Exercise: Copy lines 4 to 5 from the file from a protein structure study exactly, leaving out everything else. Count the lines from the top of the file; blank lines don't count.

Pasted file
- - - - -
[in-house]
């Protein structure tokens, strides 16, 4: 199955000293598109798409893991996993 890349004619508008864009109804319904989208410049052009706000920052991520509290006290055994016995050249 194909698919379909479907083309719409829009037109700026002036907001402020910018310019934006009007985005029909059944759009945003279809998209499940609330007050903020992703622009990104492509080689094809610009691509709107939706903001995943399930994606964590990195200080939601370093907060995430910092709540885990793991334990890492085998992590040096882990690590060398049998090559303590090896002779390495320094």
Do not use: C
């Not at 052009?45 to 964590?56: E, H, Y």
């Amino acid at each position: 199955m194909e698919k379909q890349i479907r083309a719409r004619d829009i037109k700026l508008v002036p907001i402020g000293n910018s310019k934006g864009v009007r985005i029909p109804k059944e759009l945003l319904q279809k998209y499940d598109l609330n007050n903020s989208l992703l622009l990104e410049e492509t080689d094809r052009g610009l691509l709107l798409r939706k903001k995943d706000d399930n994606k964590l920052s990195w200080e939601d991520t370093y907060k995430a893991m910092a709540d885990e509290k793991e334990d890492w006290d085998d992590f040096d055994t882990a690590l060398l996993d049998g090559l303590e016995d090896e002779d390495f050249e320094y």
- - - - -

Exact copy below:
């Not at 052009?45 to 964590?56: E, H, Y």
């Amino acid at each position: 199955m194909e698919k379909q890349i479907r083309a719409r004619d829009i037109k700026l508008v002036p907001i402020g000293n910018s310019k934006g864009v009007r985005i029909p109804k059944e759009l945003l319904q279809k998209y499940d598109l609330n007050n903020s989208l992703l622009l990104e410049e492509t080689d094809r052009g610009l691509l709107l798409r939706k903001k995943d706000d399930n994606k964590l920052s990195w200080e939601d991520t370093y907060k995430a893991m910092a709540d885990e509290k793991e334990d890492w006290d085998d992590f040096d055994t882990a690590l060398l996993d049998g090559l303590e016995d090896e002779d390495f050249e320094y």